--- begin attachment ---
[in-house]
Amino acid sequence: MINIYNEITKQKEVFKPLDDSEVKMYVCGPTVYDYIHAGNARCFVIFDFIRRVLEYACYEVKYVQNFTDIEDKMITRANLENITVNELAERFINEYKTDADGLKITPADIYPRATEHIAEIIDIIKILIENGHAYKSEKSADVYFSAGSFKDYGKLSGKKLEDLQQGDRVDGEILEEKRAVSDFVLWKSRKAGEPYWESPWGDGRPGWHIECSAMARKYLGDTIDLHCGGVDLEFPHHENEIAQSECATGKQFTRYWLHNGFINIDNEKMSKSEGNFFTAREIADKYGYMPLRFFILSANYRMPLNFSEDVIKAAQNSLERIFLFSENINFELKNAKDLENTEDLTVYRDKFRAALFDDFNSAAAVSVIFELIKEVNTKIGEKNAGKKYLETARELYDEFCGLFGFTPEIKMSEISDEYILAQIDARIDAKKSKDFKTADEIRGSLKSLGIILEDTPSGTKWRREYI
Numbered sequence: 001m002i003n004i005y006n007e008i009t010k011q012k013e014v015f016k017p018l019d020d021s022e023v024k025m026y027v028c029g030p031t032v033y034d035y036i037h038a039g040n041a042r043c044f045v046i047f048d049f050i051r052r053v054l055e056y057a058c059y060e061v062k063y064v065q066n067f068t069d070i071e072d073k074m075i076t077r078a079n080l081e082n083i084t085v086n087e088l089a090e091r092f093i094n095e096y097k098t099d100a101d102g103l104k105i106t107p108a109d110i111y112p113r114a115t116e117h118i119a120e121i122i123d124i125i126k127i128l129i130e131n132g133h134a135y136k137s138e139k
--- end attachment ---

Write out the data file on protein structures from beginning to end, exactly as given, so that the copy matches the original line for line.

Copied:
[in-house]
Amino acid sequence: MINIYNEITKQKEVFKPLDDSEVKMYVCGPTVYDYIHAGNARCFVIFDFIRRVLEYACYEVKYVQNFTDIEDKMITRANLENITVNELAERFINEYKTDADGLKITPADIYPRATEHIAEIIDIIKILIENGHAYKSEKSADVYFSAGSFKDYGKLSGKKLEDLQQGDRVDGEILEEKRAVSDFVLWKSRKAGEPYWESPWGDGRPGWHIECSAMARKYLGDTIDLHCGGVDLEFPHHENEIAQSECATGKQFTRYWLHNGFINIDNEKMSKSEGNFFTAREIADKYGYMPLRFFILSANYRMPLNFSEDVIKAAQNSLERIFLFSENINFELKNAKDLENTEDLTVYRDKFRAALFDDFNSAAAVSVIFELIKEVNTKIGEKNAGKKYLETARELYDEFCGLFGFTPEIKMSEISDEYILAQIDARIDAKKSKDFKTADEIRGSLKSLGIILEDTPSGTKWRREYI
Numbered sequence: 001m002i003n004i005y006n007e008i009t010k011q012k013e014v015f016k017p018l019d020d021s022e023v024k025m026y027v028c029g030p031t032v033y034d035y036i037h038a039g040n041a042r043c044f045v046i047f048d049f050i051r052r053v054l055e056y057a058c059y060e061v062k063y064v065q066n067f068t069d070i071e072d073k074m075i076t077r078a079n080l081e082n083i084t085v086n087e088l089a090e091r092f093i094n095e096y097k098t099d100a101d102g103l104k105i106t107p108a109d110i111y112p113r114a115t116e117h118i119a120e121i122i123d124i125i126k127i128l129i130e131n132g133h134a135y136k137s138e139k